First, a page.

Beaver Dam Analogues

Potential permits required: CWA 404, Threatened & Endangered Species, NHPA, Floodplain


Beaver Dam Analogues (BDAs) are man-made structures that can be built on secondary channels to encourage beaver populations in the area. Benefits of installing these analogues include:

• Controls sediment movement

• Creates wildlife habitat

• Controls secondary flows and erosion

Although they can sometimes cause conflicts, beavers are an important species in many riparian ecosystems. When decided if/where a BDA would be appropriate on your property, it is important to recognize that beavers naturally chew down trees. By encouraging beaver populations, you will be encouraging the removal of some trees in the area. In a well-balanced ecosystem, beavers chew down trees at a rate that still allows tree & plant communities to establish.

Beaver dam analogues are fairly new to the stream restoration community and it will be helpful if you can work with outside consultants who have experience designing and building BDAs. Because BDAs are fairly new, someone who has gone through the permitting process for these structures on other projects will also be able to guide you through the permitting process more easily.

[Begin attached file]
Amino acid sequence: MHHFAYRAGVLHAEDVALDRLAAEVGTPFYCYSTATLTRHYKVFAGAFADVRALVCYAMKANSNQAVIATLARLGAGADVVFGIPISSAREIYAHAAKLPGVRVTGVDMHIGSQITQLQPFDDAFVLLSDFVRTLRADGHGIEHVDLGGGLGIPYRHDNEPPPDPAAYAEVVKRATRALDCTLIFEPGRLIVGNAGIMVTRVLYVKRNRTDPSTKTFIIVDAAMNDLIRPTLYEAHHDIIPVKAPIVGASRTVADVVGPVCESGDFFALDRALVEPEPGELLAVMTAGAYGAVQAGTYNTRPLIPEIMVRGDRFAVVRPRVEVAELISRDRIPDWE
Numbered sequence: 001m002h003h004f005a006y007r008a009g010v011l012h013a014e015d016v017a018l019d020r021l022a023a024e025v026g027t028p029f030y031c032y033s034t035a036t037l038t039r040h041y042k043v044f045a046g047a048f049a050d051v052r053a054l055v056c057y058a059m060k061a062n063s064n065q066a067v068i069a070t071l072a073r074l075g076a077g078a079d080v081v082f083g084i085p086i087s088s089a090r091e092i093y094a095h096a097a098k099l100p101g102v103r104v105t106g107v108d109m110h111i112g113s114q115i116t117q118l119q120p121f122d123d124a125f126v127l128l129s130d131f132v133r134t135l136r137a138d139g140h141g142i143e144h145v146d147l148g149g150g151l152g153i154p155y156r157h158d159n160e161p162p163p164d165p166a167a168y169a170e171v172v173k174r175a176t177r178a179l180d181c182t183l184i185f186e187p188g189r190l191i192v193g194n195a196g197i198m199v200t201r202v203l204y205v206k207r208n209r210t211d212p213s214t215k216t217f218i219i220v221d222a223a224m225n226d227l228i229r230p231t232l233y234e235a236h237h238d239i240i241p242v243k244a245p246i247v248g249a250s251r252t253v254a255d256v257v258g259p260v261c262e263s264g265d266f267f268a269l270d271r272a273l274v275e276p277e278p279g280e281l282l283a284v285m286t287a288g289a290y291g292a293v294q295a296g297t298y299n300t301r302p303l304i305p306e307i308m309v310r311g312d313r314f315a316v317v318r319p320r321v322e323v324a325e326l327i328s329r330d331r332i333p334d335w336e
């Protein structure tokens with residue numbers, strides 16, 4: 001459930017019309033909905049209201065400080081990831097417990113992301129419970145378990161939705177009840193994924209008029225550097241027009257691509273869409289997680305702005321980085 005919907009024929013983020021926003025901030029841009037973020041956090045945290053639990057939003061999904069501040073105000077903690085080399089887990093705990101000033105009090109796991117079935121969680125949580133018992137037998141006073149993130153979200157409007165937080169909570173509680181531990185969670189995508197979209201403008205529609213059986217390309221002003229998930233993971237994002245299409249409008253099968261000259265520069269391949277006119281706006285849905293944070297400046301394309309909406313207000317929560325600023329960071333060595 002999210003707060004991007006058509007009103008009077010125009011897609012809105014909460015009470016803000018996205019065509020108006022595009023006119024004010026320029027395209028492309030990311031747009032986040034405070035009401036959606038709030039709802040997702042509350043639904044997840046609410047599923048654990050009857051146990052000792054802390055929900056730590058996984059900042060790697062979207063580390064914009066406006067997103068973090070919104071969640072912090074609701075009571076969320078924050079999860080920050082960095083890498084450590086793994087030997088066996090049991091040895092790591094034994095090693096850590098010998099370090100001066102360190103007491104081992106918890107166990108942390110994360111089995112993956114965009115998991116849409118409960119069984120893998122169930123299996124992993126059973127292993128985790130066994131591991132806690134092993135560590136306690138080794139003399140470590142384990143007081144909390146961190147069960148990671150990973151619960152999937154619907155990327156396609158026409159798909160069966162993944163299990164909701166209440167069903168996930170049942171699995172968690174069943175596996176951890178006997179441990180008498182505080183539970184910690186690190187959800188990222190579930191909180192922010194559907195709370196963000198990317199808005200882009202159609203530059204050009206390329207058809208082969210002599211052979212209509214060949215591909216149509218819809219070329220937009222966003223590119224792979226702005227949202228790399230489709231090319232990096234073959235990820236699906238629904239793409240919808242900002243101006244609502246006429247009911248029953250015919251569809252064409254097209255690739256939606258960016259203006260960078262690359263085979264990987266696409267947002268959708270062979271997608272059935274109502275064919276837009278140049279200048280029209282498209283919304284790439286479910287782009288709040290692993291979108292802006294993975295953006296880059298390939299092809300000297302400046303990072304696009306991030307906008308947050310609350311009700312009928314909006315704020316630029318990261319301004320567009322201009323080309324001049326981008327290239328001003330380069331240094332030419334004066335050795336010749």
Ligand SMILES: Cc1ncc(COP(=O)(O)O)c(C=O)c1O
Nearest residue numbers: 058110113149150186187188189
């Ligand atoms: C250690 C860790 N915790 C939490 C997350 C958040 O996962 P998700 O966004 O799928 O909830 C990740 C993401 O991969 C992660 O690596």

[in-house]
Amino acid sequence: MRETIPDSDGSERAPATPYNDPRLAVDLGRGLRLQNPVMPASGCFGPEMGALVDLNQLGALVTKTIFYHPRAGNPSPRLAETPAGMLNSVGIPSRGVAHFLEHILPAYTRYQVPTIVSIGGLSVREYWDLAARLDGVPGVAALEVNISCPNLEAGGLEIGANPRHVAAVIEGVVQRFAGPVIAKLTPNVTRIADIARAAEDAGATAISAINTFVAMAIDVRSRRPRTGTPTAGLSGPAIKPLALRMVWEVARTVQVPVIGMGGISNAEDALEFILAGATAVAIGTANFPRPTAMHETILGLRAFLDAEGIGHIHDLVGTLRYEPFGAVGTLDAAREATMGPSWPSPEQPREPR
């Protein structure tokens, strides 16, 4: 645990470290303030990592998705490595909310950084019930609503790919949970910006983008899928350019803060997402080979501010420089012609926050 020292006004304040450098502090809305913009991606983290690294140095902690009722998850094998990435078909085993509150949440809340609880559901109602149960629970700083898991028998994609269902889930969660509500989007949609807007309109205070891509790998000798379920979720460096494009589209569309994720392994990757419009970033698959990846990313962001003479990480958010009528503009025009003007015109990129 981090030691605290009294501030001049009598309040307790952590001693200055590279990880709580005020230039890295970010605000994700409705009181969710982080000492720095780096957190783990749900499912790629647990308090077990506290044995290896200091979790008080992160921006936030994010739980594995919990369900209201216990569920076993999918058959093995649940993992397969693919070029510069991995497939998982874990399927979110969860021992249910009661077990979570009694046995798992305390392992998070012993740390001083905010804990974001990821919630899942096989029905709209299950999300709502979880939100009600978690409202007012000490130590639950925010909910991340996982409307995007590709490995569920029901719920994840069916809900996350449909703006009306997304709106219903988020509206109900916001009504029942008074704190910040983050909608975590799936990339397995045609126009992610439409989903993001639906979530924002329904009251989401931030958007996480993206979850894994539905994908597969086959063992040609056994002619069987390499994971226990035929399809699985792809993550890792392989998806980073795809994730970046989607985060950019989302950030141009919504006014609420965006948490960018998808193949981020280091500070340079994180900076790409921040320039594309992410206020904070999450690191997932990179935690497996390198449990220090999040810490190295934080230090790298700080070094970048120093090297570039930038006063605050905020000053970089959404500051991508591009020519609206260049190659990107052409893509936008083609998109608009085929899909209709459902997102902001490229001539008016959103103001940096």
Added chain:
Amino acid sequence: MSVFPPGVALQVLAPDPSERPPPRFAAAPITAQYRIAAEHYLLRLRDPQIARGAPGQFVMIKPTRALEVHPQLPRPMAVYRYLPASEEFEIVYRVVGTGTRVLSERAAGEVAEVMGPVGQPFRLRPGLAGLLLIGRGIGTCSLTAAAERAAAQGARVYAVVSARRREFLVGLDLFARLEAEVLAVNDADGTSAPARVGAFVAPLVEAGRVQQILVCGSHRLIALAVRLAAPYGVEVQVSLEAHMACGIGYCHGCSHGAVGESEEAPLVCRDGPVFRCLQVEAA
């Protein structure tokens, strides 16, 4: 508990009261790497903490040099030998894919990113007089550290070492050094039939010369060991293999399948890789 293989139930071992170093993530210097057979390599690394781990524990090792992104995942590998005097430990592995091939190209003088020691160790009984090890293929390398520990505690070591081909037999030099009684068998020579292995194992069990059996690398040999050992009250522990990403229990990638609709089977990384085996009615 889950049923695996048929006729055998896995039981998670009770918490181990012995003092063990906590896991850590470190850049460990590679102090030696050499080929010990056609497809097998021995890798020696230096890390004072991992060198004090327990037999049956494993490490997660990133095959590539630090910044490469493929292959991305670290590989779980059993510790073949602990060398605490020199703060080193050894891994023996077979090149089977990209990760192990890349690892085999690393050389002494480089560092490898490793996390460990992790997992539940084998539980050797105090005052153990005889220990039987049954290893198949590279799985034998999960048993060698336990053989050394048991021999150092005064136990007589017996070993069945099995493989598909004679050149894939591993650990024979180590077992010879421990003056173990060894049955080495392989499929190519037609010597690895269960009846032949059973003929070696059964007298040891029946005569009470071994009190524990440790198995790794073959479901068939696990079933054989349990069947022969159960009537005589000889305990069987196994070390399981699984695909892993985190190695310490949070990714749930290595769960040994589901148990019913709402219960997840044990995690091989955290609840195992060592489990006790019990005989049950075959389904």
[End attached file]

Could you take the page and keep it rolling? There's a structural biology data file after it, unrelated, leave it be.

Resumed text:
Photo courtesy of : E-Science News

If beavers begin working on the BDA you should expect water to begin backing up behind the structure, creating a pool and new wetland habitat. Your discussions with the outside consultants should include making sure you have sufficient area that can be inundated. It is also important that you do not have structures in the area where pooling and wetlands will occur. BDAs have the potential to cause dramatic changes to your land and they are typically used on very large properties. Make sure to talk with environmental consultants and engineers about the effects a beaver dam could have on your property.

Beaver dam analogues should never be constructed on the main stream channel because they will block water flows. However, BDA’s can be built on secondary channels to encourage nearby beavers to inhabit them and begin building a new home. These are also sometimes referred to as “Beaver Starter Kits”. BDA’s will change the natural flow in the secondary channel they are built on. As a result, they need to be properly engineered, permitted and constructed by professionals. Improper construction of a BDA can result in water backing up upstream of the BDA. Failure of the structure may cause negative downstream impacts as well.

U.S. Fish and Wildlife has created a great resource for beaver habitat restoration & considerations.

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